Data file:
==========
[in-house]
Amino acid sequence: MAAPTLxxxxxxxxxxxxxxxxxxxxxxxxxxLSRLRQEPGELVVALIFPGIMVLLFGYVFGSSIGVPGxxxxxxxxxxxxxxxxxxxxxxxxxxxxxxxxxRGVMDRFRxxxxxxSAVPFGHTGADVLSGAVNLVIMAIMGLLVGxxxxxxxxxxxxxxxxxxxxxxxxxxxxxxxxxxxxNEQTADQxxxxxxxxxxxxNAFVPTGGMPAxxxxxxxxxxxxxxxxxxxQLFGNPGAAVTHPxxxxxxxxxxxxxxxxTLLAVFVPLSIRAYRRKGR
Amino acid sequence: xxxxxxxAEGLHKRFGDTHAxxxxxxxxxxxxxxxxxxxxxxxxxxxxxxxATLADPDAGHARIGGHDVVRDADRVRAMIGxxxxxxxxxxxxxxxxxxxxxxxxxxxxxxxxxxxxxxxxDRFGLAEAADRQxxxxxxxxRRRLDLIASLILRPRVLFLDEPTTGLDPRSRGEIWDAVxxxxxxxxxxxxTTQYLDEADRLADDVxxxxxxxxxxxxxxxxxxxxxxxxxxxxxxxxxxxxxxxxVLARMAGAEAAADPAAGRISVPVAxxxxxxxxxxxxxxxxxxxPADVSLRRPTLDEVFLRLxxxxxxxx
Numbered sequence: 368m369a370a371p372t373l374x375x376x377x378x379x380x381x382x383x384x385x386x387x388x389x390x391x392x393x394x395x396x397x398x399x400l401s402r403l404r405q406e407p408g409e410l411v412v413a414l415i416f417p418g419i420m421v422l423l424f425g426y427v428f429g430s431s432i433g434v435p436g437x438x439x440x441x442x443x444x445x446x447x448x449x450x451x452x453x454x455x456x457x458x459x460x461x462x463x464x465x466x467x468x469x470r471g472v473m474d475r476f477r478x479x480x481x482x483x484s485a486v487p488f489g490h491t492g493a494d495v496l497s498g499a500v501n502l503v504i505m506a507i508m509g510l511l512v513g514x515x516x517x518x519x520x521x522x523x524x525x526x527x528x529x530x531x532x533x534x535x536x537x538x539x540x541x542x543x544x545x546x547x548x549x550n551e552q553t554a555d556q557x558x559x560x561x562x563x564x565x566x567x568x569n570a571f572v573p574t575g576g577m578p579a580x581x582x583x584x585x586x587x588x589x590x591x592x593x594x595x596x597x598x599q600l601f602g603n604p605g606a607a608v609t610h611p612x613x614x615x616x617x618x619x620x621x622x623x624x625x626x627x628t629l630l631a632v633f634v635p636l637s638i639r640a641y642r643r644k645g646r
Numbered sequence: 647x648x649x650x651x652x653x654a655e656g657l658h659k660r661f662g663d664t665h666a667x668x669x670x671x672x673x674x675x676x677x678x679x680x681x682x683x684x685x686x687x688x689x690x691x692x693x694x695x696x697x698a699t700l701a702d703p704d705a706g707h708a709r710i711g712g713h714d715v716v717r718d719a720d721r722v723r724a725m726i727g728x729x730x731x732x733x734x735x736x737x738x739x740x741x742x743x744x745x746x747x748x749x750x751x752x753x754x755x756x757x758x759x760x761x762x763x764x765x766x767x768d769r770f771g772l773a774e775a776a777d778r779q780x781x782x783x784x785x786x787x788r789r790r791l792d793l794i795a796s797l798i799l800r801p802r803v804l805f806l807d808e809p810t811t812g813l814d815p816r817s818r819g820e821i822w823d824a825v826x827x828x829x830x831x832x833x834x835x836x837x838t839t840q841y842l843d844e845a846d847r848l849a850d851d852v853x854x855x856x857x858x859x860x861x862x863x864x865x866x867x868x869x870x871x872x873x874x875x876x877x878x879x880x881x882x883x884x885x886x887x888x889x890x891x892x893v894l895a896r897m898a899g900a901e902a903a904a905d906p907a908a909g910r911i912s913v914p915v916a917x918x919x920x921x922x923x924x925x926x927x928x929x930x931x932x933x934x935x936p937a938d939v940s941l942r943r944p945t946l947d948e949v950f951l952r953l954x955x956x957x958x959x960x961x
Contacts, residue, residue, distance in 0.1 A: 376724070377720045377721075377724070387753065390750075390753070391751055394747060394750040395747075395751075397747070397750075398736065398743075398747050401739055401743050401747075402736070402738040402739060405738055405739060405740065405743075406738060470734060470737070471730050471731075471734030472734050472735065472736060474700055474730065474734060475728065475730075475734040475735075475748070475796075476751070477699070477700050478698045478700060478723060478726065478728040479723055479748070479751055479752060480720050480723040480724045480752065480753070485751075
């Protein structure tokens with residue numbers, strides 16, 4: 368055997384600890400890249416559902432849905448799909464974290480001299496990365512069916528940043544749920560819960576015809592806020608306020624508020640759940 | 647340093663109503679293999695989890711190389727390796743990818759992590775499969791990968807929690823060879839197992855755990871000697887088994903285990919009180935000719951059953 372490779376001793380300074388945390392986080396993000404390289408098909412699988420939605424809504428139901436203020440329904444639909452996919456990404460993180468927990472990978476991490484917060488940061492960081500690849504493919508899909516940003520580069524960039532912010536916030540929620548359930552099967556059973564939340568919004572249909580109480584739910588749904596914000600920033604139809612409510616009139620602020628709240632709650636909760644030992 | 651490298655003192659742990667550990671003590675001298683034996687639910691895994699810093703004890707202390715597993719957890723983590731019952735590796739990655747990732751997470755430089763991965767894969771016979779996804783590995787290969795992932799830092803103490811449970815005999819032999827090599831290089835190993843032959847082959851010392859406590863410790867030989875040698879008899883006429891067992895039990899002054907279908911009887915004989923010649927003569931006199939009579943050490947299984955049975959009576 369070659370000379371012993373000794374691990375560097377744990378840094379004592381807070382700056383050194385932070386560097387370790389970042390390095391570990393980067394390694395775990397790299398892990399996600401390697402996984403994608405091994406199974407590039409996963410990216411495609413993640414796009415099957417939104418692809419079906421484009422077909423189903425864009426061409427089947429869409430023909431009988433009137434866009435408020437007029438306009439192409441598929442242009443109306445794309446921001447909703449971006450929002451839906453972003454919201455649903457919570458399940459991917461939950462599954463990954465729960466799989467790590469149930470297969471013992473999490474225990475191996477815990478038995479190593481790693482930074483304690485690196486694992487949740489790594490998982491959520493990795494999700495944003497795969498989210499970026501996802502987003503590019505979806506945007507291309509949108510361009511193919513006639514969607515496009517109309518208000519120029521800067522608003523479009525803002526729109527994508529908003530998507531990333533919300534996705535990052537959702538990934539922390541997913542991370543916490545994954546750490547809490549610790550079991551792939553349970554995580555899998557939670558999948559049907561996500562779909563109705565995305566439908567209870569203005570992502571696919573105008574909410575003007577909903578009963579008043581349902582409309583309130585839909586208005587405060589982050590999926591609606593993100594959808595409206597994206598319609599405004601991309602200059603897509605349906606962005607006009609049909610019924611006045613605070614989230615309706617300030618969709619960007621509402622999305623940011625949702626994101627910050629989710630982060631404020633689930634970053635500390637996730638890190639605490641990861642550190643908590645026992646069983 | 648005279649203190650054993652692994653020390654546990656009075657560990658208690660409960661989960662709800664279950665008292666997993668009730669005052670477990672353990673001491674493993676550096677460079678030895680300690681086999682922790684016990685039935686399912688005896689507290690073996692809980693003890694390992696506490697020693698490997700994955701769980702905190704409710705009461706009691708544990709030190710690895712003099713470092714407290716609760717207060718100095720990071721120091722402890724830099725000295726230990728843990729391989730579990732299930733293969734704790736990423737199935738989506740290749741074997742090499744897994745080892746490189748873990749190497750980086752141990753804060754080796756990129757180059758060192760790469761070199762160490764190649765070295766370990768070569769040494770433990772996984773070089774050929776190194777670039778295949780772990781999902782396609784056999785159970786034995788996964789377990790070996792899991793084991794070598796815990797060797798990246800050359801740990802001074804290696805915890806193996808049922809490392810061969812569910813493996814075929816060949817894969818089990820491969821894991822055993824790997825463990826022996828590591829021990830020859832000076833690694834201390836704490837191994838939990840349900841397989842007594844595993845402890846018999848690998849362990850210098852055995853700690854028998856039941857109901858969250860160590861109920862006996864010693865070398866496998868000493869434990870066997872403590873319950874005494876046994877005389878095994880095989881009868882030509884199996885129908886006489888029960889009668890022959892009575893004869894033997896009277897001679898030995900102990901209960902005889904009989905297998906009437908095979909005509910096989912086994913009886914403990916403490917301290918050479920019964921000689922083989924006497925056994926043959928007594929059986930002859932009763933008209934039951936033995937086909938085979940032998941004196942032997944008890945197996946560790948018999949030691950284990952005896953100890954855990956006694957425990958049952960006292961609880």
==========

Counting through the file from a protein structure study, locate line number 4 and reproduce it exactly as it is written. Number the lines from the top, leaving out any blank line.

Numbered sequence: 368m369a370a371p372t373l374x375x376x377x378x379x380x381x382x383x384x385x386x387x388x389x390x391x392x393x394x395x396x397x398x399x400l401s402r403l404r405q406e407p408g409e410l411v412v413a414l415i416f417p418g419i420m421v422l423l424f425g426y427v428f429g430s431s432i433g434v435p436g437x438x439x440x441x442x443x444x445x446x447x448x449x450x451x452x453x454x455x456x457x458x459x460x461x462x463x464x465x466x467x468x469x470r471g472v473m474d475r476f477r478x479x480x481x482x483x484s485a486v487p488f489g490h491t492g493a494d495v496l497s498g499a500v501n502l503v504i505m506a507i508m509g510l511l512v513g514x515x516x517x518x519x520x521x522x523x524x525x526x527x528x529x530x531x532x533x534x535x536x537x538x539x540x541x542x543x544x545x546x547x548x549x550n551e552q553t554a555d556q557x558x559x560x561x562x563x564x565x566x567x568x569n570a571f572v573p574t575g576g577m578p579a580x581x582x583x584x585x586x587x588x589x590x591x592x593x594x595x596x597x598x599q600l601f602g603n604p605g606a607a608v609t610h611p612x613x614x615x616x617x618x619x620x621x622x623x624x625x626x627x628t629l630l631a632v633f634v635p636l637s638i639r640a641y642r643r644k645g646r